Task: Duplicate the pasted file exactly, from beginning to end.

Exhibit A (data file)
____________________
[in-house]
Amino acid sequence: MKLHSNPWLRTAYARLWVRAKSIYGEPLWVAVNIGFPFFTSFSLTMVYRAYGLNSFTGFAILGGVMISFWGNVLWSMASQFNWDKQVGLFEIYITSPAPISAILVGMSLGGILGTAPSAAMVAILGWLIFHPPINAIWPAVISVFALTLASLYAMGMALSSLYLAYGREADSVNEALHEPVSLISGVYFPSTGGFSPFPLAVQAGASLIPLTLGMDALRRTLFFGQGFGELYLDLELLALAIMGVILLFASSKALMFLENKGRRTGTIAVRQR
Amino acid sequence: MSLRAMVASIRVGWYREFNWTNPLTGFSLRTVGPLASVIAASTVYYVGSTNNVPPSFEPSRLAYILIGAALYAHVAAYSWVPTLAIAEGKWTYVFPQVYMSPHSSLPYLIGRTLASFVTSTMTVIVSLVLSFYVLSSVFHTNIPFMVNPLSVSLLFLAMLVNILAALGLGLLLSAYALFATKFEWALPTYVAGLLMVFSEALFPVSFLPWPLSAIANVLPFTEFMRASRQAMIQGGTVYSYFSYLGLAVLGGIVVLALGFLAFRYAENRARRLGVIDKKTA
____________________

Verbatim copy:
[in-house]
Amino acid sequence: MKLHSNPWLRTAYARLWVRAKSIYGEPLWVAVNIGFPFFTSFSLTMVYRAYGLNSFTGFAILGGVMISFWGNVLWSMASQFNWDKQVGLFEIYITSPAPISAILVGMSLGGILGTAPSAAMVAILGWLIFHPPINAIWPAVISVFALTLASLYAMGMALSSLYLAYGREADSVNEALHEPVSLISGVYFPSTGGFSPFPLAVQAGASLIPLTLGMDALRRTLFFGQGFGELYLDLELLALAIMGVILLFASSKALMFLENKGRRTGTIAVRQR
Amino acid sequence: MSLRAMVASIRVGWYREFNWTNPLTGFSLRTVGPLASVIAASTVYYVGSTNNVPPSFEPSRLAYILIGAALYAHVAAYSWVPTLAIAEGKWTYVFPQVYMSPHSSLPYLIGRTLASFVTSTMTVIVSLVLSFYVLSSVFHTNIPFMVNPLSVSLLFLAMLVNILAALGLGLLLSAYALFATKFEWALPTYVAGLLMVFSEALFPVSFLPWPLSAIANVLPFTEFMRASRQAMIQGGTVYSYFSYLGLAVLGGIVVLALGFLAFRYAENRARRLGVIDKKTA